"Emigration to South Australia only began in the 1840's and was much encouraged by Charles Bagot, land agent for Bindon Blood who lived at Rockforest, Kilkeedy and who was supervisor of the Burren road system. He chartered a boat, the Birman, which arrived into Adelaide in 1840! His son discovered copper at Kapunda. Several North Clare families, probably prompted by Bagot, settled in the district" (external link)

"In 1842, two squatters, Francis Dutton and his neighbour's son Charles Bagot came across copper outcrops while searching for stray sheep

The opening ceremony of the Kapunda Mine was on 8.1.1844. Under the management of the principal owner, Captain Charles Hervey Bagot, the Kapunda Mine was developed from the wilderness to produce the richest and purest copper ore the world has ever seen" (external link) -

Charles Bagot junior went to Trinity College, Cambridge.

In 1851 he married Lucy Francesca, daughter of the late E.G. Hornby.

A barrister of the Inner Temple 1853

Secretary 1868 to 1869 to Lord Justice Selwyn

Charles Jasper Selwyn (1813-1869) was MP for Cambridge University 1859 to 1868. Appointed solicitor-general and knighted in 1867; He was made Lord Justice of appeal and Privy Councillor in 1868. Died 1869

Secretary 1870 to 1872 to Lord Justice Hatherley

William Page Wood (29.11.1801-1881) became Liberal MP for Oxford in 1847. He became a judge as one of the Vice Chancellors of England in 1853. In 1868 was made a Lord Justice of appeal. Made Lord Chancellor later in 1868. He retired in 1872 owing to failing eyesight.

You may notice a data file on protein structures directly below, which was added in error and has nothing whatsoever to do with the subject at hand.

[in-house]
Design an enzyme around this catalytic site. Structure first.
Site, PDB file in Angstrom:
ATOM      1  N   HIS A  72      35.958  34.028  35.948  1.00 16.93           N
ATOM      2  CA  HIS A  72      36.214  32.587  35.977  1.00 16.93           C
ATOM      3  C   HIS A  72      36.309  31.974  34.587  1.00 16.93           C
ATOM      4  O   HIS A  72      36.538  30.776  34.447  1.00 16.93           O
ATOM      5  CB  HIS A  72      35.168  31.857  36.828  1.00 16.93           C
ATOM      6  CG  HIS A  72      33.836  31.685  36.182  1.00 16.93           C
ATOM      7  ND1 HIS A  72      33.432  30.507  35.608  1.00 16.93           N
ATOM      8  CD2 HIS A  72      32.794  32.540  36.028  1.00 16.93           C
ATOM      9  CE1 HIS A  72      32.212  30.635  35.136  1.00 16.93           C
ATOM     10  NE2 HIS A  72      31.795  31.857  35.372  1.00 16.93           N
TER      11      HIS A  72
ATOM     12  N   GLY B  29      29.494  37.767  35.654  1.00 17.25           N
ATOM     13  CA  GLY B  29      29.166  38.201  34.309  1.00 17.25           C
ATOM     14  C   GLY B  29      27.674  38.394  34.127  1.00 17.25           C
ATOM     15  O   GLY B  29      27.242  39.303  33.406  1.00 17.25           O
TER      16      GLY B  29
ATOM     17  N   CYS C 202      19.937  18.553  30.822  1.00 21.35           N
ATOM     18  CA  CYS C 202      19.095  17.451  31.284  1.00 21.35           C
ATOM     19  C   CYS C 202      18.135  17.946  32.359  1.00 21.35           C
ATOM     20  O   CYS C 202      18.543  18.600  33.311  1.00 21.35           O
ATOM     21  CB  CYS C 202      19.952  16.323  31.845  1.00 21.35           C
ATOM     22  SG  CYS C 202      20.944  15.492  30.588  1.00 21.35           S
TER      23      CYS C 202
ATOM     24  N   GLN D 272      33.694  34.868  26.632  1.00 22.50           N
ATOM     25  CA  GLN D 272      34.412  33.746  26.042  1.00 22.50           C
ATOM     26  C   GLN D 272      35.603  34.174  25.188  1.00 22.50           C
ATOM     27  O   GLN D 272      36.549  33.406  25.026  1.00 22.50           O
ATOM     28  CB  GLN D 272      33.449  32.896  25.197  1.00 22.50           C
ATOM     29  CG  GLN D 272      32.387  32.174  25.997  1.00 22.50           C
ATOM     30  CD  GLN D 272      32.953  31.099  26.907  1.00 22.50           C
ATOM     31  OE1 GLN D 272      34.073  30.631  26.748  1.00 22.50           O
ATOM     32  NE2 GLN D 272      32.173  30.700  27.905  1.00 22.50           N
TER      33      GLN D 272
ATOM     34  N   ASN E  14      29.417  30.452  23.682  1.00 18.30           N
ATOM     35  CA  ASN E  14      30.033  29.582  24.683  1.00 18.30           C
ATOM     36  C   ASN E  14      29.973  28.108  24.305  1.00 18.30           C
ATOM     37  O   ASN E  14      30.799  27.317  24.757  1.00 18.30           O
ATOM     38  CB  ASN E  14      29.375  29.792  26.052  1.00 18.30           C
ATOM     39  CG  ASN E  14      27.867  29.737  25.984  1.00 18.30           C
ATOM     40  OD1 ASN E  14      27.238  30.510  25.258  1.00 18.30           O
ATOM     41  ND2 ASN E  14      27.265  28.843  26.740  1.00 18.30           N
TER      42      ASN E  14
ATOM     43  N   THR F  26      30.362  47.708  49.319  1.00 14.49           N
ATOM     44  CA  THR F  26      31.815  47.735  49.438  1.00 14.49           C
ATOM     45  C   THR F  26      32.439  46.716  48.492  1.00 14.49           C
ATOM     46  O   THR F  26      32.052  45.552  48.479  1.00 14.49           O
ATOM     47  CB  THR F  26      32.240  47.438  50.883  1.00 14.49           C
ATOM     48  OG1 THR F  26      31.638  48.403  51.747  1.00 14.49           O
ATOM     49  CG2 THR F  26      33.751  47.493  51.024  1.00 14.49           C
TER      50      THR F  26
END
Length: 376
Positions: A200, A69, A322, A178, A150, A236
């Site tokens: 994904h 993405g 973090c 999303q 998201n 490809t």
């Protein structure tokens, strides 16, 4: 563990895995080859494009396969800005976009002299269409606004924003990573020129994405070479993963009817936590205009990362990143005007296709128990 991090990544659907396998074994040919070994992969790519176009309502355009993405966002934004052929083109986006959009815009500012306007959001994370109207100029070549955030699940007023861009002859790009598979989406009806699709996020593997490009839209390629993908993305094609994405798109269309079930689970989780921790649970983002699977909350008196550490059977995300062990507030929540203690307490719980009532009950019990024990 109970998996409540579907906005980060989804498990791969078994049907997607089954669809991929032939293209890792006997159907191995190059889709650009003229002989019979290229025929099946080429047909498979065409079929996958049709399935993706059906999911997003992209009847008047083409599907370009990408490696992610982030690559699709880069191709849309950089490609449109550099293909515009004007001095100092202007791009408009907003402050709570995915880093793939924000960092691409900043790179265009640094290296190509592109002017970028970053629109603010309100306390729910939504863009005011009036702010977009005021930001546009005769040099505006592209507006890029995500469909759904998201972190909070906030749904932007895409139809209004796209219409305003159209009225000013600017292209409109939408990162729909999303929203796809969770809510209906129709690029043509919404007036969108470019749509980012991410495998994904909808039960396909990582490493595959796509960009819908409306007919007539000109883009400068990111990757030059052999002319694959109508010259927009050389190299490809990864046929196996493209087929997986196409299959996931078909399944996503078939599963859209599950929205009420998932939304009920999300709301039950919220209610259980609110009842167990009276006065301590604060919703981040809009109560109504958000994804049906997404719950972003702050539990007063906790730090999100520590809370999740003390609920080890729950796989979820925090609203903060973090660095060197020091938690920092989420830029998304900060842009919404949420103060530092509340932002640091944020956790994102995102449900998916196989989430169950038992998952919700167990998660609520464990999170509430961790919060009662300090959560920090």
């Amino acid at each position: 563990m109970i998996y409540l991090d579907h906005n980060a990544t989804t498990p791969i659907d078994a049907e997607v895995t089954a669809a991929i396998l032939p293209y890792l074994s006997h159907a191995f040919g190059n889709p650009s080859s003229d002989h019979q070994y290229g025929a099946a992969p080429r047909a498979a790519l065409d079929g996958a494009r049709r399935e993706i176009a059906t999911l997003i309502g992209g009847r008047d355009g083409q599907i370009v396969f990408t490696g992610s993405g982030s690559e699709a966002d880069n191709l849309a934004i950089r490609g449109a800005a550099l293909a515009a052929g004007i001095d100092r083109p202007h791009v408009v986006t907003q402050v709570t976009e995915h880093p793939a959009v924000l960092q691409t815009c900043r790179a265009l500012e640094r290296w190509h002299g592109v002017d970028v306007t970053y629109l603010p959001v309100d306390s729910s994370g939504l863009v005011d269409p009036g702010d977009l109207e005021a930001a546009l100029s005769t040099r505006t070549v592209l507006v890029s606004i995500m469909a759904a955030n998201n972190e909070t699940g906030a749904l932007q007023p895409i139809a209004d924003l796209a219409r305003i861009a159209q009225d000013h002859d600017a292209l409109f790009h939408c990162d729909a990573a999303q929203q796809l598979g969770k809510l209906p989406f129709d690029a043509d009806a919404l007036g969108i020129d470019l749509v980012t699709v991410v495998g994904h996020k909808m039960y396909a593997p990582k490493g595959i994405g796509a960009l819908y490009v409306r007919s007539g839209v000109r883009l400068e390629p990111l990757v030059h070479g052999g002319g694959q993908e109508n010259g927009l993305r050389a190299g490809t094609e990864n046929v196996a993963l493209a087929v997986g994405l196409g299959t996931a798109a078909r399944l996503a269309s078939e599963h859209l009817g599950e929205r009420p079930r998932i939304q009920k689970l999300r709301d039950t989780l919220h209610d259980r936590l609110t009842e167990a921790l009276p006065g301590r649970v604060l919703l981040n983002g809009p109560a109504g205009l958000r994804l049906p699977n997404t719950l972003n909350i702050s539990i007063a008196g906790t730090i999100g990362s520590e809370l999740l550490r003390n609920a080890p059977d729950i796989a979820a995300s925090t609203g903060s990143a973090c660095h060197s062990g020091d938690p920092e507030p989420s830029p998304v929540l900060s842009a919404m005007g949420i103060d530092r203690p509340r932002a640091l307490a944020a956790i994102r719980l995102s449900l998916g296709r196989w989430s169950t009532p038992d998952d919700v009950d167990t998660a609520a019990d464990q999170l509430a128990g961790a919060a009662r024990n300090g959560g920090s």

Previous to becoming commissioner: Barlow was Secretary to the Lord Chancellor

1877 BAGOT LUNACY COMMISSIONER (aged 49) Timeline 1877
Bagot was appointed by Lord Chancellor Cairns at the time of the 1877-1888 Select Committee of the House of Commons into the operation of the lunacy laws with respect to personal liberty. He replaced Howard. The murder of Lutwidge in 1873 followed by the illness of his successor (Howard) must have placed the legal commissioners under some strain. The health of William Campbell, who had served since 1845, was failing and he was replaced by Frere in 1878 (Though continuing as an unpaid commissioner). The core of the legal team at this time must have been commissioner Phillips and secretary Perceval. With Bagot they served for many years until Perceval (in 1889) and Phillips (in 1895) were both replaced by Urmson

1881 Census: Charles S. Ballard, Commissioner in Lunacy, was staying at The Royal Oak 17 & 19 South Street, Leominster, Hereford. Note married and born Ireland. I think he was on circuit with Cleaton, but I cannot find Cleaton